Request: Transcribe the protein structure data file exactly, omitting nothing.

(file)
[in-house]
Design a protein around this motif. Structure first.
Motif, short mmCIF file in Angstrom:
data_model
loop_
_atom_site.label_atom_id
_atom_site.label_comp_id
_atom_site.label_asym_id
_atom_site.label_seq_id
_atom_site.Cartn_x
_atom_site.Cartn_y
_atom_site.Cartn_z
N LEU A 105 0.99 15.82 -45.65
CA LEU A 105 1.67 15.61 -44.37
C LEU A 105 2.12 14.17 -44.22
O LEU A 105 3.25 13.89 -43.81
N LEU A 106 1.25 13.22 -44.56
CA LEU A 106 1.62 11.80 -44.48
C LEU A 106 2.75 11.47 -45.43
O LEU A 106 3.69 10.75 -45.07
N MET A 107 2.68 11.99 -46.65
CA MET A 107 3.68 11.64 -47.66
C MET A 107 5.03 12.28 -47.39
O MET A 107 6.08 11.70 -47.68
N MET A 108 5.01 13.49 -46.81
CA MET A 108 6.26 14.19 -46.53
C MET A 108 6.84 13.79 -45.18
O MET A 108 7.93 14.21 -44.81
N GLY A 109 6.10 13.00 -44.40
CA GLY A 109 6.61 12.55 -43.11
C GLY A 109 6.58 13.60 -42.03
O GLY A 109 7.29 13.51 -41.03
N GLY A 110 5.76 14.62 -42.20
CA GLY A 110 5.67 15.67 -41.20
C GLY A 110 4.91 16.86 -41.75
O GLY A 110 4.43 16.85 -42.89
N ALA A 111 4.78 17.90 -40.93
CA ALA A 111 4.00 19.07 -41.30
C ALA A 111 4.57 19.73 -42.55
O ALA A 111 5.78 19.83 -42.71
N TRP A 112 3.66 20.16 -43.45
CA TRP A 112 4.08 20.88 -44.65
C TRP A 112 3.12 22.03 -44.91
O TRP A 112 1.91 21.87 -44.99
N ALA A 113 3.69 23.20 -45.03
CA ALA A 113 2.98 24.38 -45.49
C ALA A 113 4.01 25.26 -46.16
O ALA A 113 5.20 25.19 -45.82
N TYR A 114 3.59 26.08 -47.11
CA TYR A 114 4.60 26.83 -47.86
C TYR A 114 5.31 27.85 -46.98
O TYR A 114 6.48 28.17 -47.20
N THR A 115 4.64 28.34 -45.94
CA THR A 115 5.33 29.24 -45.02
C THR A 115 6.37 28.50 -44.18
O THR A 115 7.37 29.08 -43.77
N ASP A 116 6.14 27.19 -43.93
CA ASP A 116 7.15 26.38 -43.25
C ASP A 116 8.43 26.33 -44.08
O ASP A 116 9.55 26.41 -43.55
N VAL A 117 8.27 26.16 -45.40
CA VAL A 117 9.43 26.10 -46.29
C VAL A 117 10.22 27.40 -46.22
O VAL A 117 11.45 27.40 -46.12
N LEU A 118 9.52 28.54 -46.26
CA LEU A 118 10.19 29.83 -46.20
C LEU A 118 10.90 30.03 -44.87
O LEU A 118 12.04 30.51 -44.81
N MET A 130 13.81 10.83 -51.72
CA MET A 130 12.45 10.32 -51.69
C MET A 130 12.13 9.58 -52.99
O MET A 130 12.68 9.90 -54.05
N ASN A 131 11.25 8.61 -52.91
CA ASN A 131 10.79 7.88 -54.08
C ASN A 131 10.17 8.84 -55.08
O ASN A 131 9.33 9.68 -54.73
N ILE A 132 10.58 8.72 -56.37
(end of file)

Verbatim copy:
[in-house]
Design a protein around this motif. Structure first.
Motif, short mmCIF file in Angstrom:
data_model
loop_
_atom_site.label_atom_id
_atom_site.label_comp_id
_atom_site.label_asym_id
_atom_site.label_seq_id
_atom_site.Cartn_x
_atom_site.Cartn_y
_atom_site.Cartn_z
N LEU A 105 0.99 15.82 -45.65
CA LEU A 105 1.67 15.61 -44.37
C LEU A 105 2.12 14.17 -44.22
O LEU A 105 3.25 13.89 -43.81
N LEU A 106 1.25 13.22 -44.56
CA LEU A 106 1.62 11.80 -44.48
C LEU A 106 2.75 11.47 -45.43
O LEU A 106 3.69 10.75 -45.07
N MET A 107 2.68 11.99 -46.65
CA MET A 107 3.68 11.64 -47.66
C MET A 107 5.03 12.28 -47.39
O MET A 107 6.08 11.70 -47.68
N MET A 108 5.01 13.49 -46.81
CA MET A 108 6.26 14.19 -46.53
C MET A 108 6.84 13.79 -45.18
O MET A 108 7.93 14.21 -44.81
N GLY A 109 6.10 13.00 -44.40
CA GLY A 109 6.61 12.55 -43.11
C GLY A 109 6.58 13.60 -42.03
O GLY A 109 7.29 13.51 -41.03
N GLY A 110 5.76 14.62 -42.20
CA GLY A 110 5.67 15.67 -41.20
C GLY A 110 4.91 16.86 -41.75
O GLY A 110 4.43 16.85 -42.89
N ALA A 111 4.78 17.90 -40.93
CA ALA A 111 4.00 19.07 -41.30
C ALA A 111 4.57 19.73 -42.55
O ALA A 111 5.78 19.83 -42.71
N TRP A 112 3.66 20.16 -43.45
CA TRP A 112 4.08 20.88 -44.65
C TRP A 112 3.12 22.03 -44.91
O TRP A 112 1.91 21.87 -44.99
N ALA A 113 3.69 23.20 -45.03
CA ALA A 113 2.98 24.38 -45.49
C ALA A 113 4.01 25.26 -46.16
O ALA A 113 5.20 25.19 -45.82
N TYR A 114 3.59 26.08 -47.11
CA TYR A 114 4.60 26.83 -47.86
C TYR A 114 5.31 27.85 -46.98
O TYR A 114 6.48 28.17 -47.20
N THR A 115 4.64 28.34 -45.94
CA THR A 115 5.33 29.24 -45.02
C THR A 115 6.37 28.50 -44.18
O THR A 115 7.37 29.08 -43.77
N ASP A 116 6.14 27.19 -43.93
CA ASP A 116 7.15 26.38 -43.25
C ASP A 116 8.43 26.33 -44.08
O ASP A 116 9.55 26.41 -43.55
N VAL A 117 8.27 26.16 -45.40
CA VAL A 117 9.43 26.10 -46.29
C VAL A 117 10.22 27.40 -46.22
O VAL A 117 11.45 27.40 -46.12
N LEU A 118 9.52 28.54 -46.26
CA LEU A 118 10.19 29.83 -46.20
C LEU A 118 10.90 30.03 -44.87
O LEU A 118 12.04 30.51 -44.81
N MET A 130 13.81 10.83 -51.72
CA MET A 130 12.45 10.32 -51.69
C MET A 130 12.13 9.58 -52.99
O MET A 130 12.68 9.90 -54.05
N ASN A 131 11.25 8.61 -52.91
CA ASN A 131 10.79 7.88 -54.08
C ASN A 131 10.17 8.84 -55.08
O ASN A 131 9.33 9.68 -54.73
N ILE A 132 10.58 8.72 -56.37